"We call those kids practice heroes," Michael said. "We don't want that. We stress that we need you to last the season. You are no good to us if you put yourself at risk. Why do it to yourself?"
Concussions are graded based on severity. Amadio said that a Grade 1 concussion, which is relatively minor, will typically keep an athlete on the sidelines for two weeks, though it differs on a case-by-case basis.
A Grade 2 concussion usually involves a loss of consciousness. The typical recovery is three-to-six weeks, but can be longer. The new Pearl River policy mandates at least five days of being symptom-free with the student returning to his or her activity on the sixth day, which Amadio said he did even before the district policy came into play.
Amadio said he also takes the athlete's history into account. Anyone who has suffered a concussion is more susceptible having another.
"You take an athlete who has had several concussions and it's totally different," Amadio said. "You are much more cautious. Once you have one, it is easier to have another."
Amadio said that new research indicates that head-on collisions are not as likely to cause a concussion as one that leads to a rotation of the person's head.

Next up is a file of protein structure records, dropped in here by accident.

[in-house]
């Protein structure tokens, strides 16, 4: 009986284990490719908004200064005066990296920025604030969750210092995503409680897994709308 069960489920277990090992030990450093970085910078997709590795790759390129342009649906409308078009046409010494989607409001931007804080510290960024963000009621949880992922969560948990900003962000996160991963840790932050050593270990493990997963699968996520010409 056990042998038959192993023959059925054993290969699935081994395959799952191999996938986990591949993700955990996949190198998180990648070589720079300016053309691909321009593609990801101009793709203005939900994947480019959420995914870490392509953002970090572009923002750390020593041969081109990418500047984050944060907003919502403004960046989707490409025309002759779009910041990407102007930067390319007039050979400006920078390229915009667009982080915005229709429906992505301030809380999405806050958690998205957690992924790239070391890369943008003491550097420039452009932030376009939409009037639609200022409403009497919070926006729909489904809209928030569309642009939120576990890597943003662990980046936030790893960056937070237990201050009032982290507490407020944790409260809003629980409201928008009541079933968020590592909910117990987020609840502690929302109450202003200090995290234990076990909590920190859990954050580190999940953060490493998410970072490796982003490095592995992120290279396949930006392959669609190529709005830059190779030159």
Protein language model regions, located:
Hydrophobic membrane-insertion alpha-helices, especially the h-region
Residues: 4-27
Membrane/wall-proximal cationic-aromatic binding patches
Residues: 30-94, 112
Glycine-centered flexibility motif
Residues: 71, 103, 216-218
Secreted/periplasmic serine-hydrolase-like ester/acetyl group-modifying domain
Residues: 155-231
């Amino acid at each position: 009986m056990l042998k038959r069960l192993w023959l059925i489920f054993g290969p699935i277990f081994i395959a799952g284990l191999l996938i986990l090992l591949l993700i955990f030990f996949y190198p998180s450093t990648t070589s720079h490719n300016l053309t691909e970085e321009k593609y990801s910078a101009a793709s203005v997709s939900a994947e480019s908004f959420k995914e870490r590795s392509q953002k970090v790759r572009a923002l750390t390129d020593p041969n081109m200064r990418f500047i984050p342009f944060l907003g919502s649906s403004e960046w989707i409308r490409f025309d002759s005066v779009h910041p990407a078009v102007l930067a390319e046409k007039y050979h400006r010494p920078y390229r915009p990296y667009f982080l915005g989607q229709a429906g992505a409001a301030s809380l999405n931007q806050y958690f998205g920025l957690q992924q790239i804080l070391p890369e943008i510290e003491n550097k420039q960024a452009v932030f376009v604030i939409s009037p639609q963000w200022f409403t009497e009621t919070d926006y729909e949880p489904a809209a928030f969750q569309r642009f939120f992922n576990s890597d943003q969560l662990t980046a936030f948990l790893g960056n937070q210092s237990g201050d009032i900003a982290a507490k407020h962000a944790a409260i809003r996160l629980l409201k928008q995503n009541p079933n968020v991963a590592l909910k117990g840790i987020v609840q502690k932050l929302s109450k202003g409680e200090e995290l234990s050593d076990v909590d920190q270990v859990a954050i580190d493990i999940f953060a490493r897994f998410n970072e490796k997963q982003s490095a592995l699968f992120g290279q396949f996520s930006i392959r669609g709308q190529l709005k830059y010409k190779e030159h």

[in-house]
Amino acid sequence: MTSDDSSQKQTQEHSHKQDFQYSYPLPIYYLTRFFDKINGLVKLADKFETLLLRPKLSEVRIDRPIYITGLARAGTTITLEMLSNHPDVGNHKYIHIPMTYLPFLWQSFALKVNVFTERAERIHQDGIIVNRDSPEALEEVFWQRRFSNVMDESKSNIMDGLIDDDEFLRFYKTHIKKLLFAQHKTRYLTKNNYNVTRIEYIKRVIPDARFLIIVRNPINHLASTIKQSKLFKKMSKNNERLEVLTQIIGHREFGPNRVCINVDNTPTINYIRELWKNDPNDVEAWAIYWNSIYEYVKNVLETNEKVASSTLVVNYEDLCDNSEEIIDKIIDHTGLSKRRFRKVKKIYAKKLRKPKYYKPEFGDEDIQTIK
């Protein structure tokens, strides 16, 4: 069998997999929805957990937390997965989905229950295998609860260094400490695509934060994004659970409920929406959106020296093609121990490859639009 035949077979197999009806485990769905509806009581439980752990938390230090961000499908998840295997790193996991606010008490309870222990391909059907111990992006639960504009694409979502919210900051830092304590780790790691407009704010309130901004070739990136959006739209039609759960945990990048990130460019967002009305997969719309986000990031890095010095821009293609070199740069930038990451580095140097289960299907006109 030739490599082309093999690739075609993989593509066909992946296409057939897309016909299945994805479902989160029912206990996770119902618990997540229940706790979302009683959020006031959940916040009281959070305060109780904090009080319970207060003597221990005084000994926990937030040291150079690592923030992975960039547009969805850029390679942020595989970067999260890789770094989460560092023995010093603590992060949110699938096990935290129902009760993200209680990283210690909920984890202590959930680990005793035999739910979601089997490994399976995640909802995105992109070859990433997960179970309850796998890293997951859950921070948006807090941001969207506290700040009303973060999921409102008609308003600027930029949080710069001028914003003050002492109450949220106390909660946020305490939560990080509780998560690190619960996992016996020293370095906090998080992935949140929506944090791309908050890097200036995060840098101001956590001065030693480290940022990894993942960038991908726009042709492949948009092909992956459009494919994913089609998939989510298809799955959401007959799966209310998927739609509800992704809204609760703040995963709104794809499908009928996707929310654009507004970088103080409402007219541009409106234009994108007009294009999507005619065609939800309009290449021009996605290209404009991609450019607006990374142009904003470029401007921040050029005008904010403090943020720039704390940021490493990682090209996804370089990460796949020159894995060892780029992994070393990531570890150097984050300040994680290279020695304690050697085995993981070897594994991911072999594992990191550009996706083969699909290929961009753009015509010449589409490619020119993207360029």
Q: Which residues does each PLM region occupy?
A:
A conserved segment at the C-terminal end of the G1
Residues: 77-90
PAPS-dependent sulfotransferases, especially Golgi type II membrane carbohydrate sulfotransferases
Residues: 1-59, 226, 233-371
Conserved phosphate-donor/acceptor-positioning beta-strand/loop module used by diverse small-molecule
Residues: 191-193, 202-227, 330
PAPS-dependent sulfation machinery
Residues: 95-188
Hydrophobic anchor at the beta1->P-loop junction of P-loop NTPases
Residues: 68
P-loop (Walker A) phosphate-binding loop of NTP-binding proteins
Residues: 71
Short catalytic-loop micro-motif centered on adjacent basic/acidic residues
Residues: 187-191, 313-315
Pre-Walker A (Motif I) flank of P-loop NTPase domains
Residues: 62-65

"If it twists your head quickly, there is a much higher rate of concussion," Amadio said. "This is information from conferences and workshops. It's a hot topic now. You have to keep updated and current as the technology gets better and the diagnoses get better."
Part of avoiding concussions is teaching athletes to protect themselves. Using proper technique helps, as does strengthening the neck. Mouthpieces also play a role.
"Mouthpieces have a huge impact," Amadio said. "It is often overlooked. The mouthpiece's number one job is to reduce shock to the brain, not to protect the teeth. That is a big misconception."
The definition of a concussion is also often misunderstood. Amadio said it is important to educate athletes and their families.
"Where I think we can make a huge improvement is educating the parents more," Amadio said. "You have people with all different understandings. I have parents with that old-school mentality. He just got his bell rung. That expression doesn't fly. That is a concussion.
"I had a parent say that if you hit your head, you have a concussion. That's not true."
Concussions Pose A Threat in All Sports
Though sports such as football and hockey are most often associated with concussions, there is a risk of brain injuries in all sports. In fact, according to the Journal of Sports Medicine, girls soccer is second only to football in the number of concussions.
"It is not just the contact and collision sports," Santabarbara said. "With girls soccer, there is evidence of a higher incidence due to them having weaker necks."
Santabarbara pointed to this report on Rock Center with Brian Williams about the high risk of concussions in girls’ sports.